Michigan Legislature Approves Online Gambling, Sports Betting Bills

  • Senate and House passed bills in landslide, Governor’s signature next
  • Michigan’s land-based casinos can apply for online gambling, sports betting licenses
  • One internet skin allowed per type of gambling
  • Tax revenue to go to schools, first responders
close-up of Michigan on a map
On Wednesday, the Michigan Senate and House approved bills that would legalize and regulate online poker, online casino games, and sports betting. [Image: Shutterstock.com]

Bills passed easily, Governor expected to sign into law

The Michigan legislature passed a pair of bills on Wednesday that will greatly expand gambling in the state.

One of the bills, House Bill 4311, would legalize and regulate online gambling. The legislation authorizes online poker and online casino games. The second bill, House Bill 4916, would legalize sports betting.

The legislation authorizes online poker and online casino games

Both were passed overwhelmingly in both chambers. The Senate voted in the affirmative on each 35-3. The House approved the internet gambling bill 96-12 and the sports betting bill 100-8.

Governor Gretchen Whitmer is expected to sign both pieces of legislation into law next week.

Online poker, casino games

Michigan’s 26 brick-and-mortar casinos will be permitted to apply for internet gambling licenses.

Three of those casinos – Greektown, MGM Grand, and MotorCity – are “commercial” casinos located in Detroit. The rest are tribal casinos. The casinos must pay a $50,000 application fee and then, when approved, a $100,000 fee for the initial license. Licenses cost $50,000 per year thereafter.

Operators will be permitted to have two brands or skins. One can be used for online poker, while the other can be used for online casino games like slots and blackjack.

A clause was removed from the bill that would have allowed the Michigan Gaming Control Board to enter into interstate online gambling compacts.

Senator Curtis Hertel Jr. said that this was done to protect the state lottery from losing business to internet sites that pooled multi-state jackpots. This would seem to suggest that interstate online poker will not be a possibility, though it could still happen in the future.

Sports betting

The sports betting bill is very similar to the online gambling legislation. The 26 casinos in the state will be able to house sportsbooks. Application and licensing fees are the same. Sports betting operators will only be permitted one internet site.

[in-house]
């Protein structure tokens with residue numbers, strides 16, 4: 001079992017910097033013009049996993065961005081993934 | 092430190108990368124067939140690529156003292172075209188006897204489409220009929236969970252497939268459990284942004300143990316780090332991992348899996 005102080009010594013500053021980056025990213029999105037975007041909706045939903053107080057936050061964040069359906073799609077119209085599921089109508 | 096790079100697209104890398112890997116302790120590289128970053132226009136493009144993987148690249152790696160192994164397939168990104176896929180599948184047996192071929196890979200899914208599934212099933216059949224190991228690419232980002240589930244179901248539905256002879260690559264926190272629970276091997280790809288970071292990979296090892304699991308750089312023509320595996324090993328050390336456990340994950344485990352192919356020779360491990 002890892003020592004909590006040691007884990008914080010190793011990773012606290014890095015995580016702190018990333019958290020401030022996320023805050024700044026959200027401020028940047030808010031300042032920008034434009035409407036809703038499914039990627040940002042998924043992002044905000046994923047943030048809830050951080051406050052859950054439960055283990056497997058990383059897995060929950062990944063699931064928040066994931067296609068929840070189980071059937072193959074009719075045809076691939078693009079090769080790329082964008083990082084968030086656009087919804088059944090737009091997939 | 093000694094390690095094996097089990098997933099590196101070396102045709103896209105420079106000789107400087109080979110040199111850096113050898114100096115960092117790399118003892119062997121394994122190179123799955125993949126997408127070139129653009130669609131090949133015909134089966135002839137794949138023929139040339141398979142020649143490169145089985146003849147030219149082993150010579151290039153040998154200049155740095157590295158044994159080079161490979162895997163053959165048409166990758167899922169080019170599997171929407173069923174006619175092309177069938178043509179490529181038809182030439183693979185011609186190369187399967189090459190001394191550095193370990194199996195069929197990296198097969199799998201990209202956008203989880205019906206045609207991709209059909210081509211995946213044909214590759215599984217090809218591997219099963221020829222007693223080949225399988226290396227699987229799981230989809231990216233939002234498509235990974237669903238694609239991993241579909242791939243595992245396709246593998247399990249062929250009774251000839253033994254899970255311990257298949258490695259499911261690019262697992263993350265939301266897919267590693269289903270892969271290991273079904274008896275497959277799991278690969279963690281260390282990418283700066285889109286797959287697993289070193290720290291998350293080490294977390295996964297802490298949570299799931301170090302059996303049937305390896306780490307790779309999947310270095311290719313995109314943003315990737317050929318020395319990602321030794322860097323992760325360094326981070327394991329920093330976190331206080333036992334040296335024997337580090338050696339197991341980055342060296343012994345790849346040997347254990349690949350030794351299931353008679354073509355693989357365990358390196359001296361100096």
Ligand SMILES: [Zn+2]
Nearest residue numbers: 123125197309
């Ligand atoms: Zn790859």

Unlike the online poker and casino games bill, though, the Michigan Gaming Control Board would be allowed to enter into compacts with other states to combine markets. The catch, though, is that this is not allowed by federal law.

requires operators to use official league statistical data for in-game wagering

The bill requires operators to use official league statistical data for in-game wagering if the league requests it unless the operator can show that the league is not offering the data feed on commercially reasonable terms.

Daily fantasy sports were also officially legalized in a separate bill, even though the two major operators, DraftKings and FanDuel, have long been accepting Michigan customers. Operators will be assessed an 8.4% tax. The initial licensing fee is $20,000 and the annual fee is $5,000.

Tax structures different, beneficiaries the same

Most of the taxes from the gambling that will be legalized in the two bills will go to the School Aid Fund. Another $2 million from sports betting and $2 million from internet gambling will be earmarked for the First Responder Presumed Coverage Fund.

Sportsbooks will be taxed a flat rate of 8.4% on adjusted gross sports betting receipts and the three Detroit casinos will have to pay another 1.25% tax to the city. “Adjusted gross sports betting receipts” already factors out free plays given to customers.

Internet gambling operators will be taxed using a tiered system. For adjusted gross receipts less than $4 million, the tax rate is 20%. Up to $8 million, it is 22%. Up to $10 million, the rate is 24%, and up to $12 million it is 26%. The highest tax rate is 28%, for adjusted gross receipts of $12 million or more.

The Detroit casinos again owe a 1.25% tax to the city for internet gaming. A small percentage of free play promotional money can be deducted from gross receipts for the first five years.